Oil interests hope refinery bankruptcy a ‘wake-up call’

Source: Marc Heller, E&E News reporter • Posted: Tuesday, January 23, 2018

The announcement yesterday by Philadelphia Energy Solutions Inc. that it’s filing for bankruptcy — and blaming the cost of federal ethanol mandates — set off a new round of arguments in the fuel industry but showed no sign of kick-starting legislation on the issue.

Lawmakers remain stuck on how, or whether, to ease the cost of renewable fuel credits that PES and other companies buy to show compliance with the RFS’s fuel-blending requirements.

“I will remain engaged until we find an acceptable solution,” Sen. Pat Toomey (R-Pa.) said in a statement after the company’s announcement.

He called the RFS “counterproductive” and “job killing,” and said the law requires refiners to blend “an excessive” amount of biofuel into the nation’s fuel supply.

Discussions on Capitol Hill have focused on capping the cost of credits, called renewable identification numbers, in exchange for measures that could boost non-corn sources of fuel.

Sen. John Cornyn (R-Texas) has been at the forefront, lobbyists say, with Sens. James Lankford (R-Okla.) and Ted Cruz (R-Texas) playing roles.

A spokeswoman for Cornyn, the majority whip, said yesterday the senator is “working hard to unify all stakeholders in a consensus effort to reform the renewable fuel standard.”

But Cruz’s proposal to cap the prices of RINs at 10 cents — a fraction of where prices have been in the past two years — fell flat with ethanol supporters, including Sen. Chuck Grassley (R-Iowa), whose support for any solution would improve its odds dramatically (E&E News PM, Dec. 15, 2017).

The impasse in Congress has held up the nomination of Iowa Agriculture Secretary Bill Northey to a senior post at the Department of Agriculture, as well as the prospects of Grassley’s grandson to replace Northey in the state agriculture post (Greenwire, Oct. 26, 2017).

But the Iowa senator and other ethanol advocates have little incentive to negotiate changes to the RFS as long as they believe the mandate is secure, industry groups said.

A spokesman for Grassley said yesterday he was not aware of much new on the RFS debate, despite the announcement by Philadelphia Energy Solutions.

And a spokesman for Growth Energy, a pro-ethanol trade group, said he expects critics of the RFS to use the bankruptcy to dislodge discussions about the mandate.

PES runs a refinery in Philadelphia, one of the longest-running refineries in the country and a source of fuel for the Mid-Atlantic and New York City area.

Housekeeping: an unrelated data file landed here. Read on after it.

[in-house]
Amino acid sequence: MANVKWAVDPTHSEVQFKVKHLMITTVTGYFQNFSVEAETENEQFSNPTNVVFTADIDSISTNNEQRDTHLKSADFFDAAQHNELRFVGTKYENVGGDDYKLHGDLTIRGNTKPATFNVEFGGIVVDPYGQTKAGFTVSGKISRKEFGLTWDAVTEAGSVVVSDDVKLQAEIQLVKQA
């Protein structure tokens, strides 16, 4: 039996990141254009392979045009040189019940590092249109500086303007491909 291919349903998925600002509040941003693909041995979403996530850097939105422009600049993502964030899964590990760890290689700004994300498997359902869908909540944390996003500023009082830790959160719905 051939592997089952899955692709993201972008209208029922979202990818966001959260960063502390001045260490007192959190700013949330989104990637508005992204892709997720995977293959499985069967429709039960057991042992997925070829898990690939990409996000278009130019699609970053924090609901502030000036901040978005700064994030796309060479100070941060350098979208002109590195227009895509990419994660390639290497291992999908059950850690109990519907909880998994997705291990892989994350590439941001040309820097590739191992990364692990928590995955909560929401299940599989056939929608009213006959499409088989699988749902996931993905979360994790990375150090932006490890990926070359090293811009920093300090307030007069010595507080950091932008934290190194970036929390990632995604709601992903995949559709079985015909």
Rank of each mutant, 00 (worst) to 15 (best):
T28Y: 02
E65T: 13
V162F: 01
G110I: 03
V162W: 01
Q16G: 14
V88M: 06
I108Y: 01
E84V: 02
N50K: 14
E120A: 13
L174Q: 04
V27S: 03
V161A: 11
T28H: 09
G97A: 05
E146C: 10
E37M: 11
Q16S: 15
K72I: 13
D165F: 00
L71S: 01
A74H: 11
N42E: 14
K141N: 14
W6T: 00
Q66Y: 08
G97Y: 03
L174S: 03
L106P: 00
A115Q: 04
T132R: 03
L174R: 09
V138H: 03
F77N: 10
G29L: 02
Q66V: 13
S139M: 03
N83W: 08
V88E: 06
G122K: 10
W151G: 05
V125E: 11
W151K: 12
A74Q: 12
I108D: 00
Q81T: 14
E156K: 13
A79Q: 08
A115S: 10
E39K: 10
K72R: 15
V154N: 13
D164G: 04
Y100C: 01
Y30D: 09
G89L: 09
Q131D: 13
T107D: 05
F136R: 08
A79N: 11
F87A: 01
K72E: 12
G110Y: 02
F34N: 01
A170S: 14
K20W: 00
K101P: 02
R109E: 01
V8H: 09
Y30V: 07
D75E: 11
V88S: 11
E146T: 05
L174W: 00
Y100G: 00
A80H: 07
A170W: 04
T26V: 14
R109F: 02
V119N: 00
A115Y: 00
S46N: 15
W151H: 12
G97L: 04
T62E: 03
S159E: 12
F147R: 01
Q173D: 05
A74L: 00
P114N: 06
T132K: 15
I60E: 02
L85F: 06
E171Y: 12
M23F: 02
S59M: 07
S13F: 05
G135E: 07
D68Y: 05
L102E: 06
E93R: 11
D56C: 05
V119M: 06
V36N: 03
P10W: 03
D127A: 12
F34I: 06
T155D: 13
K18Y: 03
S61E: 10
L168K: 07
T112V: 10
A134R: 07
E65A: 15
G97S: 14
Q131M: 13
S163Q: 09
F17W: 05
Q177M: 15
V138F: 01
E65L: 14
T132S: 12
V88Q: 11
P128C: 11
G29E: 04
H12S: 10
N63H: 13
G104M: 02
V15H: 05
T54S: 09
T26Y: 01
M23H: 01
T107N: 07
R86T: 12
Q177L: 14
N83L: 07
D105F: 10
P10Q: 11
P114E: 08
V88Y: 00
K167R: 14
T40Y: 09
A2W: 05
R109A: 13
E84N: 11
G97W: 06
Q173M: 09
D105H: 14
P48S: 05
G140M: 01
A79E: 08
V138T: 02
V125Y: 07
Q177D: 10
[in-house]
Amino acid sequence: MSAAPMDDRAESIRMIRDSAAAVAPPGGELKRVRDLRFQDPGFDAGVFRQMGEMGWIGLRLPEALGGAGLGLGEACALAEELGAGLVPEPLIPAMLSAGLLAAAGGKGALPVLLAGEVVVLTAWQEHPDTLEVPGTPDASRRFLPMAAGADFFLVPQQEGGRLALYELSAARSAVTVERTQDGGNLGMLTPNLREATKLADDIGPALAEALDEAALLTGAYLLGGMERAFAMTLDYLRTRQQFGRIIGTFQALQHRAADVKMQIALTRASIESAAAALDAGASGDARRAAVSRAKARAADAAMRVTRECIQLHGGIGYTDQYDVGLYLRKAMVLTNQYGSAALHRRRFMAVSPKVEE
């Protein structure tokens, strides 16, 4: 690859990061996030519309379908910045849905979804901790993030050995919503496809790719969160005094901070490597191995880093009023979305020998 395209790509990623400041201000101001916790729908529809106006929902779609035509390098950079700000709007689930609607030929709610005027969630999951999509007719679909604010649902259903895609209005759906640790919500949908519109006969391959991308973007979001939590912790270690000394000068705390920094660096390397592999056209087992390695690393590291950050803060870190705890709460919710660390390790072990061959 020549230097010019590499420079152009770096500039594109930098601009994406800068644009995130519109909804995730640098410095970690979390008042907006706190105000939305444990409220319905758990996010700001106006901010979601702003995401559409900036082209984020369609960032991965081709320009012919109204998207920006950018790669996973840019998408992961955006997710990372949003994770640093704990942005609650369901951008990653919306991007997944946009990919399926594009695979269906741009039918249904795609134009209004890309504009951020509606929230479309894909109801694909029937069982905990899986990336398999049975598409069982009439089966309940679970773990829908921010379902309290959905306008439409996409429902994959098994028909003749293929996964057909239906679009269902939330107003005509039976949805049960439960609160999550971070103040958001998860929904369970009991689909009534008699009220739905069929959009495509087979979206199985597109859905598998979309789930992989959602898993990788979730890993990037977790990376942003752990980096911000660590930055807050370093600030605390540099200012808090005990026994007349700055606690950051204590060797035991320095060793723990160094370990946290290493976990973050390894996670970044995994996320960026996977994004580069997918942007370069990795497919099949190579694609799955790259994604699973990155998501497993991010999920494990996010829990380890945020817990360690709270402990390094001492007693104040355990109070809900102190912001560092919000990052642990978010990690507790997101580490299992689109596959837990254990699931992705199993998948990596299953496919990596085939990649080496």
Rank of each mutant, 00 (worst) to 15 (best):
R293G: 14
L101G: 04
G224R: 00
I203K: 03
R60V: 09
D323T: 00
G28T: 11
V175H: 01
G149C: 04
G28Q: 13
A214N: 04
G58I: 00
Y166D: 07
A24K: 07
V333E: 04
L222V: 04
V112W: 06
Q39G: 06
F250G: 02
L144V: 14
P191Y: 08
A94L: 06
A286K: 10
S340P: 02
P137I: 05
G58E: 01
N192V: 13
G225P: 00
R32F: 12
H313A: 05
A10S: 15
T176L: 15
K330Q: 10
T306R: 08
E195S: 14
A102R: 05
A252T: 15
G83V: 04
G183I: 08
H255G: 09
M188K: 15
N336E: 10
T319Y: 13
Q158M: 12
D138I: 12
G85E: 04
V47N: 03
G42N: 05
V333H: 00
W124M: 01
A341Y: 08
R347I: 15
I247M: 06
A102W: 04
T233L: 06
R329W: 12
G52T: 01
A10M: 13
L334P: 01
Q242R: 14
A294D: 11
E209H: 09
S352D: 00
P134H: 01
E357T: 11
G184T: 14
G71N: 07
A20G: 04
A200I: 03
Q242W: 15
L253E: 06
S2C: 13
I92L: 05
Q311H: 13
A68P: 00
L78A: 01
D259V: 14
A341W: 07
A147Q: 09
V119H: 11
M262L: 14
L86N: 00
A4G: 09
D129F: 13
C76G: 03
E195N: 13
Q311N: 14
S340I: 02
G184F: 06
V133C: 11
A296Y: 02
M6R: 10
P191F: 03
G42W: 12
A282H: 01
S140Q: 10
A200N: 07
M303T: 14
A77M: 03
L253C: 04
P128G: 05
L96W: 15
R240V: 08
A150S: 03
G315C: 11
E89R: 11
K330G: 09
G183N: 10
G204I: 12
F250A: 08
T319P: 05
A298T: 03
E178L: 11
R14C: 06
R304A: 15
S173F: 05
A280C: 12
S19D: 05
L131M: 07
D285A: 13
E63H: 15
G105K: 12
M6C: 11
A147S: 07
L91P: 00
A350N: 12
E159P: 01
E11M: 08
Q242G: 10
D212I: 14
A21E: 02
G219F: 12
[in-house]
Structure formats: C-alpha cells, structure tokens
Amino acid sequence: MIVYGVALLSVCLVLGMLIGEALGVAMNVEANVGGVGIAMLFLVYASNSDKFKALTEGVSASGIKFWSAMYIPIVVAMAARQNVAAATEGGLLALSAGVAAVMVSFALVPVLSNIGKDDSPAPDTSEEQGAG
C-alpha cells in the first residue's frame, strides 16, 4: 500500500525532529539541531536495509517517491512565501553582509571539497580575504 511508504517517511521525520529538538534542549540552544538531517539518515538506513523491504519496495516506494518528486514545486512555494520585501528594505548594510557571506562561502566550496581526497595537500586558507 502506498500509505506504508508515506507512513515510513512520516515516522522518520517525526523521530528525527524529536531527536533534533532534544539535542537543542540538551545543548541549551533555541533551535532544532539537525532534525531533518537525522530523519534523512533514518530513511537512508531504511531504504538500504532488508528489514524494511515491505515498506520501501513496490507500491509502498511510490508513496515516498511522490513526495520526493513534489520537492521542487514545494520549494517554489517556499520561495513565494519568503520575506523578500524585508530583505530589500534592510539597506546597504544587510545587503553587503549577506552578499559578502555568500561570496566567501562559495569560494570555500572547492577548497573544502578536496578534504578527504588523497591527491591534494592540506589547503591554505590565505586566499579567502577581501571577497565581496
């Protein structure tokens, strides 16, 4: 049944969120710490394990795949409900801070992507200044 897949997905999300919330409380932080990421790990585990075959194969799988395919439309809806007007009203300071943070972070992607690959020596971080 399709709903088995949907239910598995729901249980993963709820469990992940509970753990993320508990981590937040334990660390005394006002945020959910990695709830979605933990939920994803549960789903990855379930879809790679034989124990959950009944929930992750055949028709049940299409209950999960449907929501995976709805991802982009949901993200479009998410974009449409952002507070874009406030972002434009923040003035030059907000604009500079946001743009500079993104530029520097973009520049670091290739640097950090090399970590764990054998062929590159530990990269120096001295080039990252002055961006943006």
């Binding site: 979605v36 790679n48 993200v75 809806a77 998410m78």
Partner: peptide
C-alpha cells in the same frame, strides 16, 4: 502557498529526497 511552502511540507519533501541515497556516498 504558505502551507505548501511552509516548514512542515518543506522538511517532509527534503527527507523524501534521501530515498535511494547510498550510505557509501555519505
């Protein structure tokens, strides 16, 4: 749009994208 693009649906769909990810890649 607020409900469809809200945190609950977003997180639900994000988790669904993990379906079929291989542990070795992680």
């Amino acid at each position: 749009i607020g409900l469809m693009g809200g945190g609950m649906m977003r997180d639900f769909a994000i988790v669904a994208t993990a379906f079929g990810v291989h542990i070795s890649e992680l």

The company said the plant would keep running as it sorts out finances as a result of the filing, under Chapter 11 of the federal bankruptcy code. The company said it envisions emerging with the same set of shareholders.

Industry sources said they’re watching for any reverberation in Congress. “I certainly think this is a wake-up call on the RFS,” said Brendan Williams, vice president of PBF Energy Inc., a refining company based in New Jersey. “I think it’ll cause policymakers to raise their eyebrows.”

The company’s announcement confirms what PES has said for months — that the cost of RINs is weighing it down, Williams said. PES has said it spends more on the credits than on payroll for its 1,100 employees.

The firm said it spent about $218 million last year on renewable fuel credits, which it buys as an alternative to blending ethanol; many so-called merchant refiners aren’t set up for such blending, according to industry groups.

Ethanol advocates said the company overstates the financial trouble imposed by RINs and that a broader range of market-related woes have hurt operations, including lower crude oil prices.

“They have their own business model problems,” Growth Energy spokesman Chris Hogan said. “If you look at the rest of the market, other refiners are doing well.”

Biofuel advocates, including fuel companies and farm groups, in December urged the Trump administration to look beyond oil group complaints about the cost of renewable fuel credits. High costs of RINs can be addressed without undercutting the RFS, they said.

“Oil companies and refiners are making investments in biofuel infrastructure to allow them to sell RINs and profit from the RFS,” wrote Fuels America, a coalition of pro-RFS groups.

“Recent quarterly earnings statements [show] evidence that despite claims to the contrary, independent refiners are doing quite well,” the group said. “Consumers then save at the fuel pump because biofuels displace